With the beta release of Windows Media Player (WMP) 9, Microsoft has finally merged the WMP offerings for all its current OSs back into one product. Before this release, Windows XP users got the features and benefits of WMP 8, while other Microsoft OSs were at WMP 7.1, with many people still using WMP 6.4 (XP users had no option to use an earlier version). WMP 9 is available for all versions of the Windows OS from Windows 98 Second Edition (Win98SE) forward.
As with any new Microsoft media release, ill-informed users are gnashing their teeth in the belief that the new media player will track and send data about all of their media use to Microsoft and are worrying that accepting the End User License Agreement (EULA) grants Microsoft control over their computers. Users are also anguishing over the media formats that WMP 9 supports—but that's a technology battle that I won't get into in this week's column.
One reason that Microsoft introduced WMP 9 was that the company is working with digital media-content providers (movie- and TV-content makers) on a system to protect copyrighted material and to provide a comprehensive digital-rights management (DRM) solution for this protected media. (The problems surrounding Napster is one example of the ongoing concerns related to DRM and protecting copyrighted content; one of the key problems that WMP 9 addresses is a DRM scheme that content providers can accept.) Now Microsoft has given specific conditions for using secure content with WMP 9. For clarity's sake, I quote the following paragraph from the EULA:
3. DIGITAL RIGHTS MANAGEMENT. Content providers are using DRM to protect the integrity of their content ('Secure Content') so that their intellectual property, including copyright, in such content is not misappropriated. Portions of this Software and third-party applications, such as media players, use DRM to play Secure Content ('DRM Software'). If the DRM Software's security has been compromised, owners of Secure Content ('Secure Content Owners') may request that Microsoft revoke the DRM Software's right to copy, display and/or play Secure Content. Revocation does not alter the DRM Software's ability to play unprotected content. A list of revoked DRM Software is sent to your computer whenever you download a license for Secure Content from the Internet. You therefore agree that Microsoft may, in conjunction with such license, also download revocation lists onto your computer on behalf of Secure Content Owners. Microsoft will not retrieve any personally identifiable information, or any other information, from your computer by downloading such revocation lists. Secure Content Owners may also require you to upgrade some of the DRM components on your computer ('DRM Upgrades') before accessing their content. When you attempt to play such content, Microsoft DRM Software will notify you that a DRM Upgrade is required and then ask for your consent before the DRM Upgrade is downloaded. Third party DRM Software may do the same. If you decline the upgrade, you will not be able to access content that requires the DRM Upgrade; however, you will still be able to access unprotected content and Secure Content that does not require the upgrade."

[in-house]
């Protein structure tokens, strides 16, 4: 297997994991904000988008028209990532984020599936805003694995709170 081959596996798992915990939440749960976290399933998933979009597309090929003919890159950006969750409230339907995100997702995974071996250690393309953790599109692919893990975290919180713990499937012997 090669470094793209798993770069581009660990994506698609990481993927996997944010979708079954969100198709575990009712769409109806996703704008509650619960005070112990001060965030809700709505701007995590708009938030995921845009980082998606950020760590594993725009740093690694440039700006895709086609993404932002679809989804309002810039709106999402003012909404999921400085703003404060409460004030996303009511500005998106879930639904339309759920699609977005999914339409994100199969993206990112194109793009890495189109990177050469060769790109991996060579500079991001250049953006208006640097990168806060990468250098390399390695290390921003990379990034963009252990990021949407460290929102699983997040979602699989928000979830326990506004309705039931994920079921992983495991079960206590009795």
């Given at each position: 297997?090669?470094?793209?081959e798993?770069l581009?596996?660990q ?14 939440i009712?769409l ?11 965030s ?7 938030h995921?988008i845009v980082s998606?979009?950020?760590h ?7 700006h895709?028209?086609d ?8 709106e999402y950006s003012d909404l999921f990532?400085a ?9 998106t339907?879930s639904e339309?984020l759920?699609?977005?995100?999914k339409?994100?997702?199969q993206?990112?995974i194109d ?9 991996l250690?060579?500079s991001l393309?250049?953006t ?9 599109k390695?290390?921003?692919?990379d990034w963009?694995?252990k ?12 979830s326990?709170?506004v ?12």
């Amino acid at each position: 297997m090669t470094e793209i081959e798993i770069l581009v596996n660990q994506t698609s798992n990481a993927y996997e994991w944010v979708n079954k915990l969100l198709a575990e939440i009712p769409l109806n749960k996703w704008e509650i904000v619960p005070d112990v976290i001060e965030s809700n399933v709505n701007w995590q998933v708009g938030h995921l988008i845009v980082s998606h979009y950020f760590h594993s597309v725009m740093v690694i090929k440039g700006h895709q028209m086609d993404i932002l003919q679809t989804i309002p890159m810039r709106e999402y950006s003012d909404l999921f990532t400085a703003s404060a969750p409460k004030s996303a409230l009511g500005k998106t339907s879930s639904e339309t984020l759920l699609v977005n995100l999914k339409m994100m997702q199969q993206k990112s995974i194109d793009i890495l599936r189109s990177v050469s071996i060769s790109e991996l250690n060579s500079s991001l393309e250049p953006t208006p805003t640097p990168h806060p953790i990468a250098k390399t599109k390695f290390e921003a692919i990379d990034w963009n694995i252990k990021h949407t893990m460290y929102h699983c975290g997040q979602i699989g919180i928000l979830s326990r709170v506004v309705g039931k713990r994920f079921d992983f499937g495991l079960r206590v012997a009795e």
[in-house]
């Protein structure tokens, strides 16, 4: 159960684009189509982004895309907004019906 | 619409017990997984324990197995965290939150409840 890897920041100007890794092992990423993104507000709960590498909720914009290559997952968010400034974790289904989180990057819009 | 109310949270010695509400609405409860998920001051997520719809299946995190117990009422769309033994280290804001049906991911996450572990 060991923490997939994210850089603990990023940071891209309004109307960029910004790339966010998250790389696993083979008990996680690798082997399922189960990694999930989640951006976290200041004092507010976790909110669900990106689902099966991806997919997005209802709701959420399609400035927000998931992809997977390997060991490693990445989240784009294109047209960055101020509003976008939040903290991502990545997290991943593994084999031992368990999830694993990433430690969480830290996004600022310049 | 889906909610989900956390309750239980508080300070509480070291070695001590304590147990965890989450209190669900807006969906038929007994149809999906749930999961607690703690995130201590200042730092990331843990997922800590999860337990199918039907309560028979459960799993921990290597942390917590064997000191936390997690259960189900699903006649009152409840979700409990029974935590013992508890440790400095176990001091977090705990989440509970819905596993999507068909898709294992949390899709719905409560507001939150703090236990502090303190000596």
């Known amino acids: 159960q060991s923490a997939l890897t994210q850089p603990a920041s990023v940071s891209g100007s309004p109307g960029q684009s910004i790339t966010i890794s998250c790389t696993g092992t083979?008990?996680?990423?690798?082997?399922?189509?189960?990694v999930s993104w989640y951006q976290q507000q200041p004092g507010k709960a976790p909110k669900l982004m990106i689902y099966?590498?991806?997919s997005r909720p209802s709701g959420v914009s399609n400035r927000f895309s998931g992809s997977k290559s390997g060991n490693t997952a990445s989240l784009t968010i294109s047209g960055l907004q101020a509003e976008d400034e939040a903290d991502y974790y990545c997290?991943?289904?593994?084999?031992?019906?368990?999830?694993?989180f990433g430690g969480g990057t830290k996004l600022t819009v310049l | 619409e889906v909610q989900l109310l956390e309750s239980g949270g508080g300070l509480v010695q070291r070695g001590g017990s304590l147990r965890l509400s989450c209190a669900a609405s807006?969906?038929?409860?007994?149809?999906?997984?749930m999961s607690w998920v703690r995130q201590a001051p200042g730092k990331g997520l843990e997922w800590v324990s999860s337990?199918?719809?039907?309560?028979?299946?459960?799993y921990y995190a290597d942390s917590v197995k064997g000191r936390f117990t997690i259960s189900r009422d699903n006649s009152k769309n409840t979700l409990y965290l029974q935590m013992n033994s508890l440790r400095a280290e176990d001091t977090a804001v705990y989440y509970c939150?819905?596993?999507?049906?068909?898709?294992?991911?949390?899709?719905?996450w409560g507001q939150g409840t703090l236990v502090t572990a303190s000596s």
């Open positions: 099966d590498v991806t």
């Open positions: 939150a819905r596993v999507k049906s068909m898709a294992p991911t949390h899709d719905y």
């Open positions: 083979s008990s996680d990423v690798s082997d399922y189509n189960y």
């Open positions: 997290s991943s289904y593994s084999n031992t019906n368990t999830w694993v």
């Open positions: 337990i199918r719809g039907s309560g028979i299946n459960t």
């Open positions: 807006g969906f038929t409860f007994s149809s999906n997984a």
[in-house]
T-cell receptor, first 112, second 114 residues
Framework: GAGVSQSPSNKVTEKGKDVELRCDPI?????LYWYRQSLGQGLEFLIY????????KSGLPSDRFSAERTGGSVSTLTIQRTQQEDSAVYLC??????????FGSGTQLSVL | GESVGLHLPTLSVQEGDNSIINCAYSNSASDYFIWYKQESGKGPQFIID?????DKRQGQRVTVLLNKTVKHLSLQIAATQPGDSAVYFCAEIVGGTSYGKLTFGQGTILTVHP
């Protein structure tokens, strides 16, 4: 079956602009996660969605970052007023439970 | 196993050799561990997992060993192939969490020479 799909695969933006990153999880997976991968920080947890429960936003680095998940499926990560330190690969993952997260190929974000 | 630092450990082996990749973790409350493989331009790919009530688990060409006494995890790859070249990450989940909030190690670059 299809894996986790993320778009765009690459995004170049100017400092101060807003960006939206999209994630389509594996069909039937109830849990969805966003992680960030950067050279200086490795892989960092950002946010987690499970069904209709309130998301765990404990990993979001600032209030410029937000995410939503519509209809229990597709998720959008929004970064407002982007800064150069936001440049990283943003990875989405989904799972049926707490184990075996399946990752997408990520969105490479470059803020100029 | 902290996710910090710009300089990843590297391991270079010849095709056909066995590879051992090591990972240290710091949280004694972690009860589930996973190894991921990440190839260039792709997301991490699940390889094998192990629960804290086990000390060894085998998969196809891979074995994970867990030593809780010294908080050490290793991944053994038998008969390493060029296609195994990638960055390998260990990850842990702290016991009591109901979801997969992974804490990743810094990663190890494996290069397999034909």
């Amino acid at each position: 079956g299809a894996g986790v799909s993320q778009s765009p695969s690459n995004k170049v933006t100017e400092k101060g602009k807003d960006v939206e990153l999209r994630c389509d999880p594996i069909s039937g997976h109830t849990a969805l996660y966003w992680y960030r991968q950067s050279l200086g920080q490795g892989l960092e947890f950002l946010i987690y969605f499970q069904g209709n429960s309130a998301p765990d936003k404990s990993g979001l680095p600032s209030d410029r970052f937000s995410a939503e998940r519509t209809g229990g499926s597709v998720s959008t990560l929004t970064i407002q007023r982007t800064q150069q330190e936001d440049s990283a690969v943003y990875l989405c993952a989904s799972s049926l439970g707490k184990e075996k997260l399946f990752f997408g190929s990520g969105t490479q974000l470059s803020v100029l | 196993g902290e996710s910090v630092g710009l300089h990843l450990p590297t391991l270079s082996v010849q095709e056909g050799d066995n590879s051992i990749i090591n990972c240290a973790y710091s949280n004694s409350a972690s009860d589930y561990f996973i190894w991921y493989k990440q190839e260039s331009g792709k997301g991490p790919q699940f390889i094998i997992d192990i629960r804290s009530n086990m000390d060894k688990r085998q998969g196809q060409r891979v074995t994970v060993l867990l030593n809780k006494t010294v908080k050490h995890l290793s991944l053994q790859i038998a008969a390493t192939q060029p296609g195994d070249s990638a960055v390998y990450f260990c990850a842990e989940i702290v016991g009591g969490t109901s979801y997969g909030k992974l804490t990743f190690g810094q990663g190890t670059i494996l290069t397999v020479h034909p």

What the above paragraph guarantees is the right of secure-content owners to control the content that they own. Your own collection of MP3 files won't be affected in any way; any content that you've created that's not digitally owned and identifiable as such by someone else won't be affected, and nothing that WMP does will change that. When you purchase secure content, you might need to download additional software; once again, this doesn't affect your system's ability to use nonsecure content.
I'm sure paranoia will continue to run rampant, but DRM is a huge issue to content providers. Unless content providers can take steps to control their copyrights, they won't make copyrighted material available to your PC.
Prerelease concern that the press reported was that WMP 9 will track and report to Microsoft all the things that you use your player for, including Internet radio. Yes, WMP 9 does have the capability to do this. But by default, the three features that provide this capability are turned off. WMP 9 won't send your unique player ID to any content provider unless you tell it to do so. WMP 9 won't send any data use information to Microsoft unless you tell it to. WMP 9 won't save file or URL histories (which would indicate what media you've been using) unless you explicitly turn that function on.
So far, users have indicated that WMP 9 is a huge improvement and worth the upgrade—though I don't recommend wholesale use of beta software. But the Chicken Littles of the world who were expecting WMP 9 to significantly invade user privacy will be disappointed. Take a look at you'll be pleasantly surprised.